Melania Trump (50–1): The First Lady has trolled her deadbeat husband repeatedly, with her clothing choices and her support of those he hates. This is totally in her style. Admittedly, she doesn’t have the skills to write a piece this nuanced. Yet, here’s the thing: She has no trouble with plagiarism. She doesn’t have to have written it to have submitted it. It could be Melania Trump.
But isn’t any of them. Here’s who it is.
The actual werewolf
Mike Pence (3–1): The vice president believes every word in this editorial. He’s a truth warrior, for a truth most of us find wholly unpalatable. He’s run out of gratefulness to the man who elevated him within one chair of the job he wants, likely turning when he had to rationalize the idiotic “Space Force.” If motive were relevant, he’d be the most motivated of all.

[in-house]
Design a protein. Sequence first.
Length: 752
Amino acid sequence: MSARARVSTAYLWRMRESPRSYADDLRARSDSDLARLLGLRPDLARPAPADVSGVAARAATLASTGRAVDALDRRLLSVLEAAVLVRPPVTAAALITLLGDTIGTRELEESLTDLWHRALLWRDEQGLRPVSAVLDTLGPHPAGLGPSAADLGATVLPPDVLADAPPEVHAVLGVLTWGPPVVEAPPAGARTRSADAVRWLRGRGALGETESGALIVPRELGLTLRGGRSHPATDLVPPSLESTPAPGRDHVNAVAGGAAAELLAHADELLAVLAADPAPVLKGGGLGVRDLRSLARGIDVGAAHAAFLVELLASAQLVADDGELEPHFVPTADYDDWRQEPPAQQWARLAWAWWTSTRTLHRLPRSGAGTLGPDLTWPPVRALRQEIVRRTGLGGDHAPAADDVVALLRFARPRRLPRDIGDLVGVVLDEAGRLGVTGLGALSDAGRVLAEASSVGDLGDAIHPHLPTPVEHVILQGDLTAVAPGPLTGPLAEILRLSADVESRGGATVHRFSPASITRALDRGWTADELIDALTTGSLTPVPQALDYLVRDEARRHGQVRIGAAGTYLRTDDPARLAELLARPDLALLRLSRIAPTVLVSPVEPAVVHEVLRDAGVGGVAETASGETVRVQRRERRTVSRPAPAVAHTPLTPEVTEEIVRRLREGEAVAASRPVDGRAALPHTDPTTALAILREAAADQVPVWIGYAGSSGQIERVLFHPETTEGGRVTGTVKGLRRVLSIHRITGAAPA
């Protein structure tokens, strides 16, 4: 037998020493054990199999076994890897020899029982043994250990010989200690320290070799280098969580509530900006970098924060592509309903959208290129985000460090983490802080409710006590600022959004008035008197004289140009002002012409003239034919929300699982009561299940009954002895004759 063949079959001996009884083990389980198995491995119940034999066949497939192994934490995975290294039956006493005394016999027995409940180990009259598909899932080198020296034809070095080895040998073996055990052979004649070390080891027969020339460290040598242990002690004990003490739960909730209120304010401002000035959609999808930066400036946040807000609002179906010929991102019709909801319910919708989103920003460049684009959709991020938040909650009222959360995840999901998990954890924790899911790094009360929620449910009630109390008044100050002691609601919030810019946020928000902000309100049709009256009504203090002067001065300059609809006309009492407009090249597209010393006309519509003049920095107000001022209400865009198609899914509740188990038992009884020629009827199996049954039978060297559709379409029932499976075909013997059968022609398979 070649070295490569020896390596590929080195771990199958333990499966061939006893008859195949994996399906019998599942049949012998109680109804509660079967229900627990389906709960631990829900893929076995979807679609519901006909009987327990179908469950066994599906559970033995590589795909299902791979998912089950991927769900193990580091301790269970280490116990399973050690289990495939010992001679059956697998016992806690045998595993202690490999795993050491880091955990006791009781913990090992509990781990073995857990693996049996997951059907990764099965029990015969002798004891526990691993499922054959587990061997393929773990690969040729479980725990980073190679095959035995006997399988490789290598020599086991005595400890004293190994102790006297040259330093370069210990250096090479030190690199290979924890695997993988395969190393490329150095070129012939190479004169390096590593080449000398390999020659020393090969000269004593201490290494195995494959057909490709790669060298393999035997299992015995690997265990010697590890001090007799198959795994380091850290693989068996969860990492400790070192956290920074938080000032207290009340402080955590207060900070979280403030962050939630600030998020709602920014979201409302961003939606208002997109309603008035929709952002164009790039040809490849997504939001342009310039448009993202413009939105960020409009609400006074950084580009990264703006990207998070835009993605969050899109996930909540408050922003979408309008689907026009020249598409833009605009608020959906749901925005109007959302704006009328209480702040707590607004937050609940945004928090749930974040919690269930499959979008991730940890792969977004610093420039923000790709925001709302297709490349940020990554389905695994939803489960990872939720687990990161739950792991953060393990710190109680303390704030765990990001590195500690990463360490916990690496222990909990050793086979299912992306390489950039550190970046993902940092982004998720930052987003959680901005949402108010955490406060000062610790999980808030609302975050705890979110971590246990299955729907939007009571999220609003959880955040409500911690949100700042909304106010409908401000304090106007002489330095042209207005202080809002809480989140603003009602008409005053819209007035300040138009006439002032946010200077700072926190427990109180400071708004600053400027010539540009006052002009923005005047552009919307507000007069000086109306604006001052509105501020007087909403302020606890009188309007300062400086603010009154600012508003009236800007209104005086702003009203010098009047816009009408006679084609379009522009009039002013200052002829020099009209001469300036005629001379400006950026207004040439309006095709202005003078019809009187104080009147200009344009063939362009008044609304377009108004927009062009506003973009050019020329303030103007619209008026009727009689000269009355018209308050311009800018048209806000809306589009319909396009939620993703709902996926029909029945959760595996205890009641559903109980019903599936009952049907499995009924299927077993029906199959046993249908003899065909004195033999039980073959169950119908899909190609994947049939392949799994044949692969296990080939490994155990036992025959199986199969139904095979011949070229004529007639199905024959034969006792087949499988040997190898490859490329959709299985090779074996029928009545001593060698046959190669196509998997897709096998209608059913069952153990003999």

It’s not, though. What is relevant are the words. Many people have focused on the McCain reference’s use of the word “lodestar,” a Pence favorite. There’s a whole lot more, though. There’s the mention of the 25th Amendment, which only Pence can initiate. He must think about that a lot. And also these quotes.
- “The root of the problem is the president’s amorality.”
- “the president’s leadership style… is impetuous, adversarial, petty and ineffective.”
- “his impulsiveness results in half-baked, ill-informed and occasionally reckless decisions that have to be walked back.”
- “We have sunk low with him and allowed our discourse to be stripped of civility.”